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.pa 1
.he '6/15/72''LOGIN, LOGOUT (VII)'
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NAME		logging in and logging out
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must be called from an appropriate terminal.
UNIX supports ASCII terminals typified by the Teletype M37,
the GE Terminet 300, the Memorex 1240, and various
graphical terminals on the one hand, and IBM 2741-type
terminals on the other.

Not all installations support
all these terminals.
Often the M33/35 Teletype is supported instead
of the 2741.
Depending on the hardware installed, most
terminals operating at 110, 134.5, 150, or 300 baud can
be accommodated.

To use UNIX,
it is also necessary to have
a valid UNIX user ID and (if desired) password.  These
may be obtained, together with the telephone number, from the system administrators.

The same telephone number
serves terminals operating at all the standard speeds.
The discussion below applies when the standard
speeds of 134.5 (2741's)
150 (TTY 37's) and 300 (Terminet 300's)
are available.

When a connection is established via a 150-baud terminal
(e.g. TTY 37) UNIX types out "login:"; you respond with
your user name, and, if requested, with a password.
(The printer is turned off while you type the
If the login was successful, the "@" character
is typed by the Shell to indicate
login is complete and commands may be issued.
A message of the day may be typed if there are any announcements.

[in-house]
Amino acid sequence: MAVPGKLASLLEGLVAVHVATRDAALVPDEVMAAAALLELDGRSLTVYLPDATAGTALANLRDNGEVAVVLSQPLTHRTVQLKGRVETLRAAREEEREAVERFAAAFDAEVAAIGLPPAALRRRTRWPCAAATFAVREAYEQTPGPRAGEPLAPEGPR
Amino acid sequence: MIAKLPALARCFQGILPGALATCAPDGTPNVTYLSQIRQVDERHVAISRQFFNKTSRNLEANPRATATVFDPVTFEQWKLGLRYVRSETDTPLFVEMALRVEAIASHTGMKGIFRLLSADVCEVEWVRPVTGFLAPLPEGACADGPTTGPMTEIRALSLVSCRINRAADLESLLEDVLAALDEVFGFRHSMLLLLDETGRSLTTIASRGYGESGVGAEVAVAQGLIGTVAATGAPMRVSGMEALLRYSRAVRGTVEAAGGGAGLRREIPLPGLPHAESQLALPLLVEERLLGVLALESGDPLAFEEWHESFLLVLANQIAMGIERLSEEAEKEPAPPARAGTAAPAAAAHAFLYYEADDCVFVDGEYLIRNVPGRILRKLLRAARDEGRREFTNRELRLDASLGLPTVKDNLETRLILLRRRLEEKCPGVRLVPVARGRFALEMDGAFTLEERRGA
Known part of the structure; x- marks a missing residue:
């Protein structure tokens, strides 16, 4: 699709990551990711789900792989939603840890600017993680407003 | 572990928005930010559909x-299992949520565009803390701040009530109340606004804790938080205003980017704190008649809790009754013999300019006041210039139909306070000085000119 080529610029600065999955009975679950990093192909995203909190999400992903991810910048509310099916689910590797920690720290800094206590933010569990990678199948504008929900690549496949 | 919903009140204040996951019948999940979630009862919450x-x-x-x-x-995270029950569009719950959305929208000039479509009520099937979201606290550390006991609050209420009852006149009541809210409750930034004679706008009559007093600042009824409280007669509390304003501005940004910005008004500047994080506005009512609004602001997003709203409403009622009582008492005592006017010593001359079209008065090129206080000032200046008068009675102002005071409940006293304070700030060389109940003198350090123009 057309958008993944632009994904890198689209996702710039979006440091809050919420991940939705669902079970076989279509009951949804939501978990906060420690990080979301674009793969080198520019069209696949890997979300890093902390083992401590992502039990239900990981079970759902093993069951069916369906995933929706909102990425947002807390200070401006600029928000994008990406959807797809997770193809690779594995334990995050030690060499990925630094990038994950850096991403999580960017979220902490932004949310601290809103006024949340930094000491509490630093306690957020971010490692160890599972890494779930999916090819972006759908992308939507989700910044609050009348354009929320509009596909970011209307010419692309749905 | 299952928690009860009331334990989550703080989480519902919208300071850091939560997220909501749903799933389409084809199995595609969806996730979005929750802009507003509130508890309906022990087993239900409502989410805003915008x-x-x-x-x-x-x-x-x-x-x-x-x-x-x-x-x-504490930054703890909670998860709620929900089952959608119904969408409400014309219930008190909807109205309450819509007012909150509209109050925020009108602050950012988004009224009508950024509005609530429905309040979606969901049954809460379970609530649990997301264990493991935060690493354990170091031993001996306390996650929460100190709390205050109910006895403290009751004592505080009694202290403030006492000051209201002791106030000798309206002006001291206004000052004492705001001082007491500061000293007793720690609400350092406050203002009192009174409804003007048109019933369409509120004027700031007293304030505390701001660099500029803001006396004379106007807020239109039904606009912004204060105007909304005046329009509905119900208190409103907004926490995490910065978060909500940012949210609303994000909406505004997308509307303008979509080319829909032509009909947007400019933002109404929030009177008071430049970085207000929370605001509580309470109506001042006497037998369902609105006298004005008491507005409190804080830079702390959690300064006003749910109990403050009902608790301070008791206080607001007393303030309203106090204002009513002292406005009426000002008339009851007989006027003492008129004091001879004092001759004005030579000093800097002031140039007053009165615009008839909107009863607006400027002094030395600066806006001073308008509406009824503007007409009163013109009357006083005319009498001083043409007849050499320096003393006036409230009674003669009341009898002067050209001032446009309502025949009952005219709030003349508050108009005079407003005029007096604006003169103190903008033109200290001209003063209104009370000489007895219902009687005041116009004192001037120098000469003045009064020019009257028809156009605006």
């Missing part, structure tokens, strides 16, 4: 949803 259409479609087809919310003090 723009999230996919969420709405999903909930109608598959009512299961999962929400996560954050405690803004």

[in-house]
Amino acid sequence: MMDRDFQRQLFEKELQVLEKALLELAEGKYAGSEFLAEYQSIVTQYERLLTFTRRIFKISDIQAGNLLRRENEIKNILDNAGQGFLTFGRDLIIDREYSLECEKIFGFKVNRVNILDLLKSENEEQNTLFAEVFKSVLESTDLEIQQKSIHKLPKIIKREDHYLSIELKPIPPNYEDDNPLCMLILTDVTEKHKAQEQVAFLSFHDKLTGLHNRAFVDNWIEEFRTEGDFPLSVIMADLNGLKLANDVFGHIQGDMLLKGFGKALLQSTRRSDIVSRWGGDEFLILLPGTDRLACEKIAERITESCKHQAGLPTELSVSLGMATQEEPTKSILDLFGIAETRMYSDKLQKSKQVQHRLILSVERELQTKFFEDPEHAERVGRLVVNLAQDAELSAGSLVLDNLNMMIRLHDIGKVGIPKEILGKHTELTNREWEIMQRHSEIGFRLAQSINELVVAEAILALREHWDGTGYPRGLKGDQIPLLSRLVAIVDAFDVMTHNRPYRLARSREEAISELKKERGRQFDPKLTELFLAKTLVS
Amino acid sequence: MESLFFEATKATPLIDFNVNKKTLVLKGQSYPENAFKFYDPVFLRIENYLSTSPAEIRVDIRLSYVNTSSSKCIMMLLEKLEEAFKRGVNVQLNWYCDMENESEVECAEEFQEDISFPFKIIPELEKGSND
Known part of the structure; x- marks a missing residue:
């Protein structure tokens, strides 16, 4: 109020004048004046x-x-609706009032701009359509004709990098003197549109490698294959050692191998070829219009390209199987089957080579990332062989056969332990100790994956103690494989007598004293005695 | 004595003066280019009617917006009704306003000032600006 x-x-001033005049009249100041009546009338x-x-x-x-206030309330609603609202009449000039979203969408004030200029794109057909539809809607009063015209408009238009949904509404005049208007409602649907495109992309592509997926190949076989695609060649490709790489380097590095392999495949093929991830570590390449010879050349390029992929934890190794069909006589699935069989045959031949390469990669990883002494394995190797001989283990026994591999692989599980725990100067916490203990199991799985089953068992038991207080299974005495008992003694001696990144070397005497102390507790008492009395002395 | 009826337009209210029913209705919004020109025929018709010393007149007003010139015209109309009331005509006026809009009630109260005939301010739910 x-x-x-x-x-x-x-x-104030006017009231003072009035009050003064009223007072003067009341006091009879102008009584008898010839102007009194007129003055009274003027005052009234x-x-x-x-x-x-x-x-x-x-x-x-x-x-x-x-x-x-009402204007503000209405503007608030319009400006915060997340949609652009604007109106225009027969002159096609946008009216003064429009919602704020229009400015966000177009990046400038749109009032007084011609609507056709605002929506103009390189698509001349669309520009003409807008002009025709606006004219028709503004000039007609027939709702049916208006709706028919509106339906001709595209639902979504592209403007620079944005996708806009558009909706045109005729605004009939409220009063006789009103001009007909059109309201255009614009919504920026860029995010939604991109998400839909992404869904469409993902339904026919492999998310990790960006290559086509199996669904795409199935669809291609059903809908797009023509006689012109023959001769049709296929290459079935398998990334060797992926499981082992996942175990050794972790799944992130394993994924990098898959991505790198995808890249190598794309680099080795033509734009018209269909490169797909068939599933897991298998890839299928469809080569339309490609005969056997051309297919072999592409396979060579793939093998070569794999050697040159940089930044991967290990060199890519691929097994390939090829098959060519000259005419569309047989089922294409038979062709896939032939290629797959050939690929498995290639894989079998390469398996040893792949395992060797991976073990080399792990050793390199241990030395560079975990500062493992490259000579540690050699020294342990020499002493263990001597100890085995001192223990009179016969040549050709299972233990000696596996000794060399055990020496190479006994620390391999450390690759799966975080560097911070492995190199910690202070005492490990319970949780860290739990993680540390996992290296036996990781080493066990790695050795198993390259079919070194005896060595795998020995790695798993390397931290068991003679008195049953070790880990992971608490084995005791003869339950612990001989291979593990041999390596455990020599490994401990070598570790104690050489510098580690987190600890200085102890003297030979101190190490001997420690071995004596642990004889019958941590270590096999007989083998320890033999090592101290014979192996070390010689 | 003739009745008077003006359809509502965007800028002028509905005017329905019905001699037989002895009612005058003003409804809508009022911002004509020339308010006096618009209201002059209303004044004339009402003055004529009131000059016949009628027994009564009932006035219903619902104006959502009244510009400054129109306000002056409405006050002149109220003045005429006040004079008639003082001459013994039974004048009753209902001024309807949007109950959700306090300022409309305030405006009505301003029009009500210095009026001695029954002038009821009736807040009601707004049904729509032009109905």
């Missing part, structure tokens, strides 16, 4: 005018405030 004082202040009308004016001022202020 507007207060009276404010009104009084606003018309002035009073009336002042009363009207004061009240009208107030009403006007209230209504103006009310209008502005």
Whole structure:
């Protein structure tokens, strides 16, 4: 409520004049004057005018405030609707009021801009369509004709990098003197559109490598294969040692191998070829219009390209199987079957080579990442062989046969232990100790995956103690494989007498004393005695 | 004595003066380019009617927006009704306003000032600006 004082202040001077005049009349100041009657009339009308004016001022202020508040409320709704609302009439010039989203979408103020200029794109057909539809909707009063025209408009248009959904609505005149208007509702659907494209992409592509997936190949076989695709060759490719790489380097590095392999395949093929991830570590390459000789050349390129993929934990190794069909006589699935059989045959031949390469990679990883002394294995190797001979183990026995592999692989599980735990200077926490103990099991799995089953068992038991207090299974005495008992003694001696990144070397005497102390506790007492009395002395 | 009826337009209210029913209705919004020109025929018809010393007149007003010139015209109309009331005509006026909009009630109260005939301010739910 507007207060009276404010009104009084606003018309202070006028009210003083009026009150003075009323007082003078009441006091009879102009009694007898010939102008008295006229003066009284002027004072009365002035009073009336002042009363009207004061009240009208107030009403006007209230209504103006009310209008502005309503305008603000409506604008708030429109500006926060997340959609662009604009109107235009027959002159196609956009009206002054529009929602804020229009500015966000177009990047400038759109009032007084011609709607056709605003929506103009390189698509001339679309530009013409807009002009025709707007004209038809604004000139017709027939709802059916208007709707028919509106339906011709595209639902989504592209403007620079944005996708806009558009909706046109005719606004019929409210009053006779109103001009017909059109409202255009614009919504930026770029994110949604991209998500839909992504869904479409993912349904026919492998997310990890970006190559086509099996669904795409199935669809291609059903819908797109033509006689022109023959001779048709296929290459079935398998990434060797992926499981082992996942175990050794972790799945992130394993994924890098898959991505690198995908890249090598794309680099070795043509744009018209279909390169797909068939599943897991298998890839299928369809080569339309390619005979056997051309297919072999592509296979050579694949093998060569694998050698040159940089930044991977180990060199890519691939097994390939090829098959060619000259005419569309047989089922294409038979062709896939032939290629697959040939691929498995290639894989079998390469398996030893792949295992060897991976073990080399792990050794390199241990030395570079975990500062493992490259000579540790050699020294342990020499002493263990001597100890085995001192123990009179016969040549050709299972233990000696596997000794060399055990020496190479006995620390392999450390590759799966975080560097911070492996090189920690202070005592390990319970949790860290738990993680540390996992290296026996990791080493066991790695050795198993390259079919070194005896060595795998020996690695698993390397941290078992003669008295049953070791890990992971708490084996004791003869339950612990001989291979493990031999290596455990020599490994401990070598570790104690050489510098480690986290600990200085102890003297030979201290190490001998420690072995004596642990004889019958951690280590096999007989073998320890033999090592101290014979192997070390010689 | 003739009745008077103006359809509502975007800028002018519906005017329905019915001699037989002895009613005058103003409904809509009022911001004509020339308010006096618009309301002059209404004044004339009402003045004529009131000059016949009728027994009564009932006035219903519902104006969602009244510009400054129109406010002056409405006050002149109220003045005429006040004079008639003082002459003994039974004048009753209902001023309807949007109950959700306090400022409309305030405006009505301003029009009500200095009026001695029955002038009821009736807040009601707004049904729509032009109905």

Also, if there is a file called "mailbox", you are notified
that someone has sent you mail.
(See the mail____ command.)

From a 300-baud terminal, the procedure is slightly different.
Such terminals often have a full-duplex switch, which should
be turned on (or conversely, half-duplex should be turned off).
When a connection with UNIX is established, a few garbage
characters are typed (these are the "login:" message at the wrong speed).
You should depress the "break" key;
this is a speed-independent signal to UNIX that a 300-baud
terminal is in use.  It will type "login:" (at the correct speed
this time) and from then on the procedure is the same as described

From a 2741, no message will appear.
After the telephone connection is established,
press the "ATTN" button.
UNIX should type "login:" as described above.
If the greeting does not appear after a few seconds,
hang up and try again; something has gone wrong.
If a password is required,
the printer cannot be turned off, so it will appear on the paper
when you type it.

For more information, consult
getty(VII), which discusses the login sequence in more
detail, and tty0(IV), which discusses typewriter I/O.

Logging out is simple by comparison (in fact, sometimes too simple).
Simply generate an end-of-file at Shell level by using
the EOT character; the "login:" message will appear again to
indicate that you may log in again.

It is also possible to log out simply by hanging up the terminal;
this simulates an end-of-file on the typewriter.
.ti 0
FILES		/etc/motd
may contain a message-of-the-day.
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SEE ALSO	init(VII), getty(VII), tty0(IV)
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BUGS		Hanging up
on programs which never read
the typewriter or which ignore end-of-files
is very dangerous; in the worst cases,
the programs can only be halted by restarting the system.
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OWNER		ken, dmr